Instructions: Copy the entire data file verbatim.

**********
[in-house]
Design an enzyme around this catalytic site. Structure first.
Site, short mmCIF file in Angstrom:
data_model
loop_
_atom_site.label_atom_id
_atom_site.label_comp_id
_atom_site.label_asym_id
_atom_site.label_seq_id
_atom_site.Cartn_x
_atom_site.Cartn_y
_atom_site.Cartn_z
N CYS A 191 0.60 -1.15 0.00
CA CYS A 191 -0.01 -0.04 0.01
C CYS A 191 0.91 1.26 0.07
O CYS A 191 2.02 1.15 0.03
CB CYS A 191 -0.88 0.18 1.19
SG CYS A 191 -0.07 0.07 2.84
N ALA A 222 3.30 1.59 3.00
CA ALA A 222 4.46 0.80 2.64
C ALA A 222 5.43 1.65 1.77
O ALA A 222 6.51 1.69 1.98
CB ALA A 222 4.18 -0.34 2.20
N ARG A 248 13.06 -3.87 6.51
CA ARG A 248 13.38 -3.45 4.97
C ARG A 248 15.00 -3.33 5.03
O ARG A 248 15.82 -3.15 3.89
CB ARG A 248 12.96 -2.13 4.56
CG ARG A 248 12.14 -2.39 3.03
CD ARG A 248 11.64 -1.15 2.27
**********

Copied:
[in-house]
Design an enzyme around this catalytic site. Structure first.
Site, short mmCIF file in Angstrom:
data_model
loop_
_atom_site.label_atom_id
_atom_site.label_comp_id
_atom_site.label_asym_id
_atom_site.label_seq_id
_atom_site.Cartn_x
_atom_site.Cartn_y
_atom_site.Cartn_z
N CYS A 191 0.60 -1.15 0.00
CA CYS A 191 -0.01 -0.04 0.01
C CYS A 191 0.91 1.26 0.07
O CYS A 191 2.02 1.15 0.03
CB CYS A 191 -0.88 0.18 1.19
SG CYS A 191 -0.07 0.07 2.84
N ALA A 222 3.30 1.59 3.00
CA ALA A 222 4.46 0.80 2.64
C ALA A 222 5.43 1.65 1.77
O ALA A 222 6.51 1.69 1.98
CB ALA A 222 4.18 -0.34 2.20
N ARG A 248 13.06 -3.87 6.51
CA ARG A 248 13.38 -3.45 4.97
C ARG A 248 15.00 -3.33 5.03
O ARG A 248 15.82 -3.15 3.89
CB ARG A 248 12.96 -2.13 4.56
CG ARG A 248 12.14 -2.39 3.03
CD ARG A 248 11.64 -1.15 2.27